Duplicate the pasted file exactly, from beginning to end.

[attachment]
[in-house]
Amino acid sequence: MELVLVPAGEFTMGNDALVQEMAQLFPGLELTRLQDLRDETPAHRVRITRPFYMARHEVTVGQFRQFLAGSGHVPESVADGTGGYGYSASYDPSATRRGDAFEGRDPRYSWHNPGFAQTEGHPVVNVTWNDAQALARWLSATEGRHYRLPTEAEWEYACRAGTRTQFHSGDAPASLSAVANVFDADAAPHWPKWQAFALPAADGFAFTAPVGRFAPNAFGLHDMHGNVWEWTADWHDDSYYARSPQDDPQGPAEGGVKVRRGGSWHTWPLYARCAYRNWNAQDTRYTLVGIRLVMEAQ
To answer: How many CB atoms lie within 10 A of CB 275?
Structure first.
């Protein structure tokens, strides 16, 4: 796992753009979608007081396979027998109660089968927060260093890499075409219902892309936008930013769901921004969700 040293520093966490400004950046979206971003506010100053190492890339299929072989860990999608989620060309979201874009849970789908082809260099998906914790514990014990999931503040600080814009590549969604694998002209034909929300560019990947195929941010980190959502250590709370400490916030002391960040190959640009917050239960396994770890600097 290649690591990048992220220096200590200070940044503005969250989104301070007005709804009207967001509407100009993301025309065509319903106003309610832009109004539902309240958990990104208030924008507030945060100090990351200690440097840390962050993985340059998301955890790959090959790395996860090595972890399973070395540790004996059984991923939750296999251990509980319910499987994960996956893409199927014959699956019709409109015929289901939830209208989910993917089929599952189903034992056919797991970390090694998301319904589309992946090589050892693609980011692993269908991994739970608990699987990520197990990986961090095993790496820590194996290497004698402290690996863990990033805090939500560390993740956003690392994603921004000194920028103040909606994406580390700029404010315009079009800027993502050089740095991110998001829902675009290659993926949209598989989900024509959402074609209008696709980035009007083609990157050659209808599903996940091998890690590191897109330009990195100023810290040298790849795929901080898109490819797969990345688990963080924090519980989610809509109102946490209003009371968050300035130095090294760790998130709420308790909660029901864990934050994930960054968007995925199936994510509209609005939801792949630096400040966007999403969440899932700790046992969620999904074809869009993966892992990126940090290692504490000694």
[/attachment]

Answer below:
[in-house]
Amino acid sequence: MELVLVPAGEFTMGNDALVQEMAQLFPGLELTRLQDLRDETPAHRVRITRPFYMARHEVTVGQFRQFLAGSGHVPESVADGTGGYGYSASYDPSATRRGDAFEGRDPRYSWHNPGFAQTEGHPVVNVTWNDAQALARWLSATEGRHYRLPTEAEWEYACRAGTRTQFHSGDAPASLSAVANVFDADAAPHWPKWQAFALPAADGFAFTAPVGRFAPNAFGLHDMHGNVWEWTADWHDDSYYARSPQDDPQGPAEGGVKVRRGGSWHTWPLYARCAYRNWNAQDTRYTLVGIRLVMEAQ
To answer: How many CB atoms lie within 10 A of CB 275?
Structure first.
């Protein structure tokens, strides 16, 4: 796992753009979608007081396979027998109660089968927060260093890499075409219902892309936008930013769901921004969700 040293520093966490400004950046979206971003506010100053190492890339299929072989860990999608989620060309979201874009849970789908082809260099998906914790514990014990999931503040600080814009590549969604694998002209034909929300560019990947195929941010980190959502250590709370400490916030002391960040190959640009917050239960396994770890600097 290649690591990048992220220096200590200070940044503005969250989104301070007005709804009207967001509407100009993301025309065509319903106003309610832009109004539902309240958990990104208030924008507030945060100090990351200690440097840390962050993985340059998301955890790959090959790395996860090595972890399973070395540790004996059984991923939750296999251990509980319910499987994960996956893409199927014959699956019709409109015929289901939830209208989910993917089929599952189903034992056919797991970390090694998301319904589309992946090589050892693609980011692993269908991994739970608990699987990520197990990986961090095993790496820590194996290497004698402290690996863990990033805090939500560390993740956003690392994603921004000194920028103040909606994406580390700029404010315009079009800027993502050089740095991110998001829902675009290659993926949209598989989900024509959402074609209008696709980035009007083609990157050659209808599903996940091998890690590191897109330009990195100023810290040298790849795929901080898109490819797969990345688990963080924090519980989610809509109102946490209003009371968050300035130095090294760790998130709420308790909660029901864990934050994930960054968007995925199936994510509209609005939801792949630096400040966007999403969440899932700790046992969620999904074809869009993966892992990126940090290692504490000694």